Thinking@Scale Yan Qi     About     Feed

Met Neural Network

When I was in college, I had a chance of working with a post-doc in our department on the contented-based image retrieval (CBIR)1. Clearly it was a hard problem. For example, not like text, it is challenging to capture the user real intention. Moreover the image object recognition has been always an open problem. Therefore, we proposed a different approach from the traditional submit-question-return-answer search strategy. It is an interactive retrieval. In other words, it might not be able to return the satisfactory result first, instead it invites the user to give its feedback if the result is not perfect. An improved result will be given in the following taking the user feedback into account, until the user gets the right image, conceptually. The tools serving our purpose included the BP neural network and the interactive genetic algorithm (IGA)2.

Then ImageNet didn’t exist in those years, so in our experiments, we had to crawl many images from the Internet. Whereas the variety was a problem as most of the images we got were landscape photos. You can image that the quality of our work was kind of limited. However, working on this project was really an inspiring experience to me, as it opened a door to an unknown world where I had never been.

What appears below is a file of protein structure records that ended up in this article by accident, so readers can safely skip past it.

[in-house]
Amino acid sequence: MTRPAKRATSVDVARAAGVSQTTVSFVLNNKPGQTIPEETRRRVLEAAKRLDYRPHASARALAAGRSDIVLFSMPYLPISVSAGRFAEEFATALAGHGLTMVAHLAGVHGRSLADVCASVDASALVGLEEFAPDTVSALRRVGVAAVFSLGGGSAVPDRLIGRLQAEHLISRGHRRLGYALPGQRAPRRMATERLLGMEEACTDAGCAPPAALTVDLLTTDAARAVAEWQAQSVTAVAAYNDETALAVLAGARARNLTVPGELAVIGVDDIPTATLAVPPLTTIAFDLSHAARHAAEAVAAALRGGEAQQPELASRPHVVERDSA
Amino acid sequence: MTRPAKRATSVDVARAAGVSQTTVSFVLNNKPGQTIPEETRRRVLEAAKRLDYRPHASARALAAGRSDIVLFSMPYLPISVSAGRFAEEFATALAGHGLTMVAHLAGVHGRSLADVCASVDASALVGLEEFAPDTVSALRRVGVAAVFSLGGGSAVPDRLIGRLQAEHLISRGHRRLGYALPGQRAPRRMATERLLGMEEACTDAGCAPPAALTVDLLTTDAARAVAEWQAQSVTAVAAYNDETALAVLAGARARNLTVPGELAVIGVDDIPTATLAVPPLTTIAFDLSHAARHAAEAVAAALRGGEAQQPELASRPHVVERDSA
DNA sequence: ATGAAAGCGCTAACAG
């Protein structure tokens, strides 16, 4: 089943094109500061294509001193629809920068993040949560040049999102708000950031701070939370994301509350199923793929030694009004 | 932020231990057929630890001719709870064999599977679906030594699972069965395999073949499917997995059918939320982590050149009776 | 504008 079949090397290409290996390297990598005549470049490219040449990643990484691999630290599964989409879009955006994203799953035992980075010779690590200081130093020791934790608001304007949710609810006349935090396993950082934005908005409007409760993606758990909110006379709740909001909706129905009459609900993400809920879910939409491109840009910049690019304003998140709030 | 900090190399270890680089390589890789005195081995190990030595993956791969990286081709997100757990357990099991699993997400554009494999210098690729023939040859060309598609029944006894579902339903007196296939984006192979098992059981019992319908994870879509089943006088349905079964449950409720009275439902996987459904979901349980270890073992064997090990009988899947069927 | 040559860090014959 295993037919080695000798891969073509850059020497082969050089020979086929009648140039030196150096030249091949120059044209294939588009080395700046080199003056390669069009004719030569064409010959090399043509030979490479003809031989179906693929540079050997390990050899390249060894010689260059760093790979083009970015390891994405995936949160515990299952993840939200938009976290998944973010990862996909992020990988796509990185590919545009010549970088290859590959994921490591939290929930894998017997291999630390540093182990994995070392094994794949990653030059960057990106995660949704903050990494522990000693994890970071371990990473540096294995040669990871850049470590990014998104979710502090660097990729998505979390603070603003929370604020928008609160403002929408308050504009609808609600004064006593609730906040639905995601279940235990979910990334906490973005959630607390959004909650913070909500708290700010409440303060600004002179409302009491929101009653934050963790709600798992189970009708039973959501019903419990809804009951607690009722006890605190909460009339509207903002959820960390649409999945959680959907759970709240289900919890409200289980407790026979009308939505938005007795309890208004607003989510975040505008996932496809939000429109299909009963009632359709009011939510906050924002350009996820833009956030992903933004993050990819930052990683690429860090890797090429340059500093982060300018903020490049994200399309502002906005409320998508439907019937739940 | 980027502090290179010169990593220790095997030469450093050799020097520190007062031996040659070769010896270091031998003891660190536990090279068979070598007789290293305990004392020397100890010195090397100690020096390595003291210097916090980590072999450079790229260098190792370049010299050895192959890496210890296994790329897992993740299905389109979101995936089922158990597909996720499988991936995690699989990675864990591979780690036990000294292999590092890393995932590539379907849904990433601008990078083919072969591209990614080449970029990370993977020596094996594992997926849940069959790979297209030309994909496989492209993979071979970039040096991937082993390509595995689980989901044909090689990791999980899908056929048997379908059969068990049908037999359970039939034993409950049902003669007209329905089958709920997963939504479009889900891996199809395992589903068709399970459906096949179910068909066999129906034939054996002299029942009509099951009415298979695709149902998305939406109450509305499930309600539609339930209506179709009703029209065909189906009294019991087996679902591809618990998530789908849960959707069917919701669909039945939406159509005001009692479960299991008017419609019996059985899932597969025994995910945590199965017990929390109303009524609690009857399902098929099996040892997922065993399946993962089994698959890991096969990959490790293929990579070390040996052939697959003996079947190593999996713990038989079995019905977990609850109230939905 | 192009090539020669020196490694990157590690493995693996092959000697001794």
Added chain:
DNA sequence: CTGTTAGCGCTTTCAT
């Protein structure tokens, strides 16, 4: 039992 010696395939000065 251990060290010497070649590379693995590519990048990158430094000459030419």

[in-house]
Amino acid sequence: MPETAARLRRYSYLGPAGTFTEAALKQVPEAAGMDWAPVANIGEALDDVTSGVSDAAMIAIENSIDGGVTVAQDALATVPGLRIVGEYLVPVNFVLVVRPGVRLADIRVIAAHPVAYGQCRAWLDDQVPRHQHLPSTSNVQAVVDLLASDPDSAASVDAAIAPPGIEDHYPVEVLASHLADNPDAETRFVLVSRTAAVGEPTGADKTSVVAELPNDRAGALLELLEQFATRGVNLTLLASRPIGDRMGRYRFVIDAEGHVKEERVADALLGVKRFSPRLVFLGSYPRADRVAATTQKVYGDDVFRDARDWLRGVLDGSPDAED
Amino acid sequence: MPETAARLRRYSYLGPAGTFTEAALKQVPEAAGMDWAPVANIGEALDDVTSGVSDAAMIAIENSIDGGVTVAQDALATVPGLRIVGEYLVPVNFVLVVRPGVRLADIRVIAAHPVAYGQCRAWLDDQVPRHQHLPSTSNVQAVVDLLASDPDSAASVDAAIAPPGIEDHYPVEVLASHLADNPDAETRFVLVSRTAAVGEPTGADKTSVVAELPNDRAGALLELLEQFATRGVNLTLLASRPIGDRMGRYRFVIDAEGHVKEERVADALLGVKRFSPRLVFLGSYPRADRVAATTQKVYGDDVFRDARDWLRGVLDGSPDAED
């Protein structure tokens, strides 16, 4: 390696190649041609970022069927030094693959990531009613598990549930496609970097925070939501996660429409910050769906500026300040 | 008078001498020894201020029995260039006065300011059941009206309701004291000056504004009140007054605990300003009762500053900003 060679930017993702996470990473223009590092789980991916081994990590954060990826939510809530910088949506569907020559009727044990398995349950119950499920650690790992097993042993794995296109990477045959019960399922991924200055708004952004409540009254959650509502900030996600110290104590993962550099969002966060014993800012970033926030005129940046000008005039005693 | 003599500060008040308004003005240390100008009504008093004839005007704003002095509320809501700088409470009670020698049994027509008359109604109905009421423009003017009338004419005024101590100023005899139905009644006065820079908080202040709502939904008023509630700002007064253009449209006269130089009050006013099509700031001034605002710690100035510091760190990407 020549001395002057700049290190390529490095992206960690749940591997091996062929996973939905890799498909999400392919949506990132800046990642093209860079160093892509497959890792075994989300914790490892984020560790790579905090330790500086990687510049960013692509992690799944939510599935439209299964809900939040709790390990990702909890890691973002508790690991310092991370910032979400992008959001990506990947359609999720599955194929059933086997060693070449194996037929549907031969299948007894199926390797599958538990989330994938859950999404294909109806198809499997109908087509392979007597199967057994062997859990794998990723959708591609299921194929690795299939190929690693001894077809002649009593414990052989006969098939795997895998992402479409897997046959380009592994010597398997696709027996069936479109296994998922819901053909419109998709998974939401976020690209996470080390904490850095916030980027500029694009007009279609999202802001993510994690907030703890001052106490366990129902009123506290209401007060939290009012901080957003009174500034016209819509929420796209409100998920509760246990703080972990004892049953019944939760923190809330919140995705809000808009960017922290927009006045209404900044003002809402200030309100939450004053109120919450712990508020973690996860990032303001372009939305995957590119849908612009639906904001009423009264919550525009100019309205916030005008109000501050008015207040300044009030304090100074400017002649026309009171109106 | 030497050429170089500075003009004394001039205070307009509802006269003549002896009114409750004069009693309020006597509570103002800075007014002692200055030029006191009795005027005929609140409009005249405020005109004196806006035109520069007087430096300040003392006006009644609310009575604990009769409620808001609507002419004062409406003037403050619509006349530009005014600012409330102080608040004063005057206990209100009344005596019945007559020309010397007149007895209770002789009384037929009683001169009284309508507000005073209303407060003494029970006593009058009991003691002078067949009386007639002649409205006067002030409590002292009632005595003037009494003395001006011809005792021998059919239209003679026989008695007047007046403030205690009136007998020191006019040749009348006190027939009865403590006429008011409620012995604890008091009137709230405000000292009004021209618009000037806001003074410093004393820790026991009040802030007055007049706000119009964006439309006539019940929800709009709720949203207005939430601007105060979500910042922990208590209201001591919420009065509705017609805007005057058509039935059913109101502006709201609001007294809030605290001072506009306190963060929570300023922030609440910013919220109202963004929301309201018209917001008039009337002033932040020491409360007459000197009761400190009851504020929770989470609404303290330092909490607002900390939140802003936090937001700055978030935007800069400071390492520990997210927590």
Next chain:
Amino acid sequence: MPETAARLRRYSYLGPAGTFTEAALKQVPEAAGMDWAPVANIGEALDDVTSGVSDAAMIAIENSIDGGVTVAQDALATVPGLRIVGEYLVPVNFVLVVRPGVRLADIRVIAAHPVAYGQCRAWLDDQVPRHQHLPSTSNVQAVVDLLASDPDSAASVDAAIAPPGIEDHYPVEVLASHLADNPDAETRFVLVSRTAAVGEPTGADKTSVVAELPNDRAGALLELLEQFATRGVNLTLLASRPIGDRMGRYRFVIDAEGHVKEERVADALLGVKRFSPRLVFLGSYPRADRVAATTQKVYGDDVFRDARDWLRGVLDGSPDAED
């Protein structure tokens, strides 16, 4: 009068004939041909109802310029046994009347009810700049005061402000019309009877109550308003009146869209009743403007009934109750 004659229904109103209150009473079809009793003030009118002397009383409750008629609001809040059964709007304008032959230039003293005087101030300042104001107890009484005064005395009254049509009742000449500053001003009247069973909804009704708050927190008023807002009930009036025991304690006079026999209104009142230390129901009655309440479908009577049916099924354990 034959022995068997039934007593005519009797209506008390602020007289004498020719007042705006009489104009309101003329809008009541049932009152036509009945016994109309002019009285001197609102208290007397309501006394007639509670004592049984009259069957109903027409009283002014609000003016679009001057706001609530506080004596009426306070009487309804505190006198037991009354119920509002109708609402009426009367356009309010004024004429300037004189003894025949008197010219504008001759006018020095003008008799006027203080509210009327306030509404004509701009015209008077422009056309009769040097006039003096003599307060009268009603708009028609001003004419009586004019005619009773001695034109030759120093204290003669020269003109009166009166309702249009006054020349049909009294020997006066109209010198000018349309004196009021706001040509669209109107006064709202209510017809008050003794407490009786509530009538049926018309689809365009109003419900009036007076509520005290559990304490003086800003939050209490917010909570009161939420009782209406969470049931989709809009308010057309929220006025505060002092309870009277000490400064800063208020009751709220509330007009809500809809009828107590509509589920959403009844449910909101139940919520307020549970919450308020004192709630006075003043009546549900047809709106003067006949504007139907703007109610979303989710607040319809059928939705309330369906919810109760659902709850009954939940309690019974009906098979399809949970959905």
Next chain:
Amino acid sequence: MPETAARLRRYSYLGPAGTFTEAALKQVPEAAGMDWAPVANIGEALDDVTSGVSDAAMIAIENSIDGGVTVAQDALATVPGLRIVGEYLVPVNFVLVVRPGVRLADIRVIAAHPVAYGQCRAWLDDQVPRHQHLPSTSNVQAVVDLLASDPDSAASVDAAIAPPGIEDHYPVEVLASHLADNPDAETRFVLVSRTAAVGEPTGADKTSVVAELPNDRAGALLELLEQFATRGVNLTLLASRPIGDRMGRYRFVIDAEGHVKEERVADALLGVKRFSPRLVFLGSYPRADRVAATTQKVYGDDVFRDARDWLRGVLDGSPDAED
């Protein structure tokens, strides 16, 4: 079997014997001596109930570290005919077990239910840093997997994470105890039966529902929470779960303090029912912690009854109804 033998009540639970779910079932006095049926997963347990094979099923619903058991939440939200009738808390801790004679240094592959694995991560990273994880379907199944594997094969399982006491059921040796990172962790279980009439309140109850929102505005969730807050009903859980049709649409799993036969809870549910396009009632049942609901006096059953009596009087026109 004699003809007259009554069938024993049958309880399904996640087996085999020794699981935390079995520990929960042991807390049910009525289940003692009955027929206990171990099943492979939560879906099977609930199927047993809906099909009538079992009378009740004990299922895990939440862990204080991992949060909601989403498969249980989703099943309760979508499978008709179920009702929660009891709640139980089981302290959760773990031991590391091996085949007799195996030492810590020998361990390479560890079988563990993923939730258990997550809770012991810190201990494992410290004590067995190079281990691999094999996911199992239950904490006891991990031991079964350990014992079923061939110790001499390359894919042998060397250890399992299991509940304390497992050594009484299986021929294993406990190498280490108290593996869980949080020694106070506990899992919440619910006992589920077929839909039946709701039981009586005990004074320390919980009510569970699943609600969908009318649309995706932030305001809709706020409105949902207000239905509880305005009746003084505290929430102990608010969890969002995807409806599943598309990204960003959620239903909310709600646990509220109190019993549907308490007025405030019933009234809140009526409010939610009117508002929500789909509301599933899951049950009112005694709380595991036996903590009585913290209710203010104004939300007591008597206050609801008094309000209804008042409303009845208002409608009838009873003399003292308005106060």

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Another interesting project that I got involved in my graduate school in the USTC was to create a bridge health monitor system. My advisor, Professor Lu led the effort to the software development. Tentatively I created a BP neural network to predict the bridge health 3. However, the performance was not good enough for the real-life application. On one hand, if the training data were not chosen properly, the result would not be right. In my experiment, there were often no enough data for the training. On the other hand, the training process was always time consuming, and not very effective.

I started realizing that the neural network might not be as effective or efficient as it does sound. It tries to simulate the way people think, but clearly there is still a long way to go before it can think like a man.